New Burials

Interments at Mulkey Cemetery

Over a thousand burials have been made at the Mulkey Cemetery. This list of interments is based on historic and modern cemetery records, grave markers, and research conducted by Tami Dingle in the records of England's Funeral Home in Eugene.

This list represents most of the information which the cemetery has on the individuals buried here. We welcome any additional historical information our visitors can provide. Our resources for responding to research requests are presently very limited. Please feel free to e-mail us at administrator [at sign] for more information.

For more information on the Mulkey family, we recommend consulting Phillip Mulkey Hunt's 1982 The Mulkeys of America, available at a number of research and reference libraries in the United States.

Surnames Abbott - Grate
Surnames Hagan - Murry
Surnames Nadeau - Zeaman 

Mulkey Cemetery: A Historical OverviewMartha Mulkey gravemarker

Mulkey Cemetery is named for Philip Mulkey, a native of Kentucky who arrived in Oregon in 1853,
accompanied by his wife, Martha, and several of their adult children. The elder Mulkeys farmed 320 acres of land in what became west Eugene. Philip was the first traveling preacher in Lane County and became a well-known local figure.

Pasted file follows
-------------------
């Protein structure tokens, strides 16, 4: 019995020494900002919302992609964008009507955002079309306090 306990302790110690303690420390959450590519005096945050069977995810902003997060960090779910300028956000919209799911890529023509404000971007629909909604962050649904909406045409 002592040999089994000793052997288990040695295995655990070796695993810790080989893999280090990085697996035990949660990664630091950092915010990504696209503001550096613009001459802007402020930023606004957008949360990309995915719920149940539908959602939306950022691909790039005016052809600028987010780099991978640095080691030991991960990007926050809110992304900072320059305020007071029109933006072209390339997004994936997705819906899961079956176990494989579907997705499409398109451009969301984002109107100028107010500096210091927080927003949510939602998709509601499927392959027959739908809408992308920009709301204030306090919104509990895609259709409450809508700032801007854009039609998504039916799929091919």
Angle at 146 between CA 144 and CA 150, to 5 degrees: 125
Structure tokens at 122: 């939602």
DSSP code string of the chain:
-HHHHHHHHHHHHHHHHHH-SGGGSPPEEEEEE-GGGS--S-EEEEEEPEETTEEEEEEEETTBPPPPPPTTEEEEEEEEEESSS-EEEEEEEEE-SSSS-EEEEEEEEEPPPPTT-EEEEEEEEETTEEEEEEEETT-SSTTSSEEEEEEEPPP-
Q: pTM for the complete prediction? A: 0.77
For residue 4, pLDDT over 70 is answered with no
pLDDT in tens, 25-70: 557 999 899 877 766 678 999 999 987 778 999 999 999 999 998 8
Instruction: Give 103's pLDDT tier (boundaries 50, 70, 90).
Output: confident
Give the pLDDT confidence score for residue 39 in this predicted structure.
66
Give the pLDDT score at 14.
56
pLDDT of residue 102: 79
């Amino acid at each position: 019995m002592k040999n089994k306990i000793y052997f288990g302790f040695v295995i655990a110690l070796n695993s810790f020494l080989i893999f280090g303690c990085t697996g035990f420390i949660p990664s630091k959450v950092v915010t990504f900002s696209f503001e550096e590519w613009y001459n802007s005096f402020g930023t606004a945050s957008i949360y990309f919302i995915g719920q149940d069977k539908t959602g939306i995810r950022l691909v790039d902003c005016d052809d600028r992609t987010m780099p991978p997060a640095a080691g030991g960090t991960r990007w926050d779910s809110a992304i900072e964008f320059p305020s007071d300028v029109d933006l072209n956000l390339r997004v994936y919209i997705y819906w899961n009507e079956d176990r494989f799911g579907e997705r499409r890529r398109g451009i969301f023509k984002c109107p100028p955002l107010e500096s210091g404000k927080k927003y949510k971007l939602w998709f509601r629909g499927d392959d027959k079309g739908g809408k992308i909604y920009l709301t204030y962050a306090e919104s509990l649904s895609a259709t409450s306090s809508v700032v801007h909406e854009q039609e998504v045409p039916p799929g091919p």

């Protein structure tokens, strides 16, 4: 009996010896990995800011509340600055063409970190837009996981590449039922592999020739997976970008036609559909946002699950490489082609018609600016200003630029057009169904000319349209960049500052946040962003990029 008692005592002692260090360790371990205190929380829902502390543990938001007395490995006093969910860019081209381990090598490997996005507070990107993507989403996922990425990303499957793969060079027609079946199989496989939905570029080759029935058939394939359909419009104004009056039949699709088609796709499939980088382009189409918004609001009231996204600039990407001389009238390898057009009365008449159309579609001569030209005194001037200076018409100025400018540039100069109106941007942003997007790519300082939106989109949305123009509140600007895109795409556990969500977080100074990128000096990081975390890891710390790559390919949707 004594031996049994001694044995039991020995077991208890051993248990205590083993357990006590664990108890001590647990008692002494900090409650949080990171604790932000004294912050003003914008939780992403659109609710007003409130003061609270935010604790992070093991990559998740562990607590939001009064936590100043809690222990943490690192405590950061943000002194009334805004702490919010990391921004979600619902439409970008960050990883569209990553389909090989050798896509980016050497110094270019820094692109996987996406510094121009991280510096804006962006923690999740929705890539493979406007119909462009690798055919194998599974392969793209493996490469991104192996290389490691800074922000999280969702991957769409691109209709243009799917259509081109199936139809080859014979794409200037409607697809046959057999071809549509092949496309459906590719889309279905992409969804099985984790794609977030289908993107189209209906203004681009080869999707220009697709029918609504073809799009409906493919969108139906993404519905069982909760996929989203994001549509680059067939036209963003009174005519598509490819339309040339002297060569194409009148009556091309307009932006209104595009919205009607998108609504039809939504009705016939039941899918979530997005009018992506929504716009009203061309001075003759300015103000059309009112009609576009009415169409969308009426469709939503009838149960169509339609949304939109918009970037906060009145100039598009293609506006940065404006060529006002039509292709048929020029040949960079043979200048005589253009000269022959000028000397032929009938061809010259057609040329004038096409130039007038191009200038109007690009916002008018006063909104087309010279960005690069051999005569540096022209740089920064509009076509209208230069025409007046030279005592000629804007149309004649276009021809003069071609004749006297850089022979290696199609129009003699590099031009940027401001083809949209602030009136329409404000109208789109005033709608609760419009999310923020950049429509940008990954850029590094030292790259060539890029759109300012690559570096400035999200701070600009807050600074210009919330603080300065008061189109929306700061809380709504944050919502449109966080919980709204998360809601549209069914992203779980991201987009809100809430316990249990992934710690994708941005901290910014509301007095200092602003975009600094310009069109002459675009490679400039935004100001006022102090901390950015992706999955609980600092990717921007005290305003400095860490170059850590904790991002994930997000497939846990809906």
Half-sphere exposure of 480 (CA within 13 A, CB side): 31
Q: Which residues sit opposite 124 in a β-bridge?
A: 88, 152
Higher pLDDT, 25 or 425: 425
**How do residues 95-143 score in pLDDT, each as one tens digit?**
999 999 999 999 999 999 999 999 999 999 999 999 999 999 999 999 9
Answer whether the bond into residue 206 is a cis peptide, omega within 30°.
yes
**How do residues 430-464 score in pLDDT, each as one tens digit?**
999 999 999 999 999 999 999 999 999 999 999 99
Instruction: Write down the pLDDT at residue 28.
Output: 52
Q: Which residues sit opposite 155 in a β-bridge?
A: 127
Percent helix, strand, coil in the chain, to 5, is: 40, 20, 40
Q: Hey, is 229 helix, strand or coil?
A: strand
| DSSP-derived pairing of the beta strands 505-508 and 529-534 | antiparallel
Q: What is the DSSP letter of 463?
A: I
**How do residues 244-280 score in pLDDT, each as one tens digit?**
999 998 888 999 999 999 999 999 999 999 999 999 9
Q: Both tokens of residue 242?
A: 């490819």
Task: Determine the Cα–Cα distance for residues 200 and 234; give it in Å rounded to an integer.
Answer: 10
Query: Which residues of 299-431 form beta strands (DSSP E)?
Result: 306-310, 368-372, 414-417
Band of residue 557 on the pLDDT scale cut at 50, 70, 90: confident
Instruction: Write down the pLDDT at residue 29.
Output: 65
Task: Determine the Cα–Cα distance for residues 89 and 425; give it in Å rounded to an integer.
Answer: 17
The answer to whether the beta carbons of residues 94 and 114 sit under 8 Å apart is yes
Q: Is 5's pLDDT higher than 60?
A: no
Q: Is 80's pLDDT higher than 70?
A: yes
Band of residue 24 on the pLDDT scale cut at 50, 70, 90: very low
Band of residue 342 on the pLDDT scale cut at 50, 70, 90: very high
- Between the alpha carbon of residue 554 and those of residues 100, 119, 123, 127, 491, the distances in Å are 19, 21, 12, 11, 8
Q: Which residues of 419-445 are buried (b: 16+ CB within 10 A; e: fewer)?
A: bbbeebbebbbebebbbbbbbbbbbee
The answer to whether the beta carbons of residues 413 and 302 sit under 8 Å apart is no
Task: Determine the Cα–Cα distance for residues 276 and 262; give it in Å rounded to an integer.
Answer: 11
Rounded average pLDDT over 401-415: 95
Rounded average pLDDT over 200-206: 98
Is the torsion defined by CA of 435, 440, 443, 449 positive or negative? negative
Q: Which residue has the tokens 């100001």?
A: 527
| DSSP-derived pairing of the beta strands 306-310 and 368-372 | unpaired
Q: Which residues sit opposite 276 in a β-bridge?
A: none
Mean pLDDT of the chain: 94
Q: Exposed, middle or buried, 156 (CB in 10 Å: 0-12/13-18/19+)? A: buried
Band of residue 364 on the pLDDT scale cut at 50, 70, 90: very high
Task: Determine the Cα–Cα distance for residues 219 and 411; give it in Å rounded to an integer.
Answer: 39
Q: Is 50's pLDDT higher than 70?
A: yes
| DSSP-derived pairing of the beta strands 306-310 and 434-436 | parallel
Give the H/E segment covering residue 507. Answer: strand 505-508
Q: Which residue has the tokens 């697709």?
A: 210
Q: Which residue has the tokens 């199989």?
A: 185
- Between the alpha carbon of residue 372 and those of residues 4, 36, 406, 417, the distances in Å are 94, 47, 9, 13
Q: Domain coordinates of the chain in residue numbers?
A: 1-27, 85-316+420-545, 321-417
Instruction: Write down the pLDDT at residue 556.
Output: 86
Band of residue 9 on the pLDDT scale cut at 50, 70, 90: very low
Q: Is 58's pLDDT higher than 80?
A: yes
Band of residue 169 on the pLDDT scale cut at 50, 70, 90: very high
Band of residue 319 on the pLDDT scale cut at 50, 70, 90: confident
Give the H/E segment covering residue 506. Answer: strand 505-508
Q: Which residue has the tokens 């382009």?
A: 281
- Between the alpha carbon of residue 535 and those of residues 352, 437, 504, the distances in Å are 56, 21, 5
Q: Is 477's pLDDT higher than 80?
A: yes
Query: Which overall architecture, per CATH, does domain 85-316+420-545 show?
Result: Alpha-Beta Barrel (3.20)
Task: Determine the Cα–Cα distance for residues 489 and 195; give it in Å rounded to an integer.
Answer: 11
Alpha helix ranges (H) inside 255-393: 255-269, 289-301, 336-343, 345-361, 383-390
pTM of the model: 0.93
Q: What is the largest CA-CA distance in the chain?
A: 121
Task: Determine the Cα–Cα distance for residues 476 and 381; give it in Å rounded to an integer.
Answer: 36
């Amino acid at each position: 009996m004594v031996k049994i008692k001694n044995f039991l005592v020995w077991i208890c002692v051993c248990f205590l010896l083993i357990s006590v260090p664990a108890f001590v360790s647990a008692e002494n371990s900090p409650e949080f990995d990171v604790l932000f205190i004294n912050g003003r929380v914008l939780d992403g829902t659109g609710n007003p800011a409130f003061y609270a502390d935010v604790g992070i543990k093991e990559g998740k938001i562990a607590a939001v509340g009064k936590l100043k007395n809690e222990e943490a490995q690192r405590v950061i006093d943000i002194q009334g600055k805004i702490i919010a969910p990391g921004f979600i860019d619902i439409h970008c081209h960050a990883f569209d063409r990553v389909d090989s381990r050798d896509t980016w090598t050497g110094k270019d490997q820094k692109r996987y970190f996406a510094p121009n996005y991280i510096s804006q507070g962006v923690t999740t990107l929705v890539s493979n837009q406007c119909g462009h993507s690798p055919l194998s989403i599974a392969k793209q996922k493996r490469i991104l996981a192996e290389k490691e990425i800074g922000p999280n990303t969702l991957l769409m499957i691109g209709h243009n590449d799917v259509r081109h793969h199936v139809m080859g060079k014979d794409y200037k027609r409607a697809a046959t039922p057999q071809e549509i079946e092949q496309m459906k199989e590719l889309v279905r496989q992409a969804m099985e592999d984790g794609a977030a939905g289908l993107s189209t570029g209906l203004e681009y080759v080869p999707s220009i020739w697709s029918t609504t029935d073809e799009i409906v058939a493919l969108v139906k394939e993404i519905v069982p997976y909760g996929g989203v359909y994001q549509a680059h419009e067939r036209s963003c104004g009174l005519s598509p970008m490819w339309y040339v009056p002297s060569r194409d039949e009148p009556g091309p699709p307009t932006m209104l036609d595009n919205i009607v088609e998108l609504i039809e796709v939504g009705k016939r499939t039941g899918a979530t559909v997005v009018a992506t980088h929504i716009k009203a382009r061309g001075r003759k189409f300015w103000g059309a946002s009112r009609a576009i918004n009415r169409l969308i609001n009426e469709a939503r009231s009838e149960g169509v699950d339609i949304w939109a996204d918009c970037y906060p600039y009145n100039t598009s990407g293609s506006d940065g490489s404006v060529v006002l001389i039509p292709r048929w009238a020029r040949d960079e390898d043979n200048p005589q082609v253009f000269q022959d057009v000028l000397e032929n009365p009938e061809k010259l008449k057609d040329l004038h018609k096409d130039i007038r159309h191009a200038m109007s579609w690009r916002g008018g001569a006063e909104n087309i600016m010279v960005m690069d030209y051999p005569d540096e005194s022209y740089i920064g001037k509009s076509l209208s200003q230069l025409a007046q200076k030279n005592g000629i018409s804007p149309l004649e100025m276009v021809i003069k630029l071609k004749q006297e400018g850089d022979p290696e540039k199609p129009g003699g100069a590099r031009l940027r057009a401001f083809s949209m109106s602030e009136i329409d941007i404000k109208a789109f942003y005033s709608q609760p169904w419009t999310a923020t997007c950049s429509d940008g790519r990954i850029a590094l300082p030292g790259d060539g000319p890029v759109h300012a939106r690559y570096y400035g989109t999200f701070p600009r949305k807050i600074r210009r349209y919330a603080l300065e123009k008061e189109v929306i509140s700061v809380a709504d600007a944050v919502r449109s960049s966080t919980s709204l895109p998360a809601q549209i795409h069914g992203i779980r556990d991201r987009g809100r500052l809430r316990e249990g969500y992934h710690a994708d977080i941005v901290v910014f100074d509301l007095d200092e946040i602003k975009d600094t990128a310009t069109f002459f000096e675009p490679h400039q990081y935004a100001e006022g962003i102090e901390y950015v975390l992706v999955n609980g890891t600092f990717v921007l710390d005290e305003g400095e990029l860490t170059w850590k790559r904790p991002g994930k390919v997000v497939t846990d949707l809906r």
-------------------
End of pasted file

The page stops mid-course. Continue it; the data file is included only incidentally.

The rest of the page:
Pioneer life in Oregon was rewarding but challenging. Between 1863 and 1865, Martha Mulkey and three of the Mulkey grandchildren died. They were buried on a hilltop above the Willamette Valley, which became known informally as the "Mulkey Cemetery."

By the late 1870s, more than 25 burials had taken place at the cemetery. In the 1880s, several local families joined together to formally deed the hilltop land as a cemetery. The arrangement was formalized in 1891, when a plat map was made and recorded with the county.

From the late nineteenth century through the 1950s, the cemetery was surrounded by the pear and cherry orchards planted by Edward Hawkins, who came to Oregon as a child in 1845. After Hawkins' death in 1956, the orchard was subdivided. The area is still known as "Hawkins Heights," and the names of early settlers have become the names of streets in this quiet residential neighborhood. 

The Mulkey Cemetery is maintained by the Mulkey Cemetery Association, a private nonprofit group.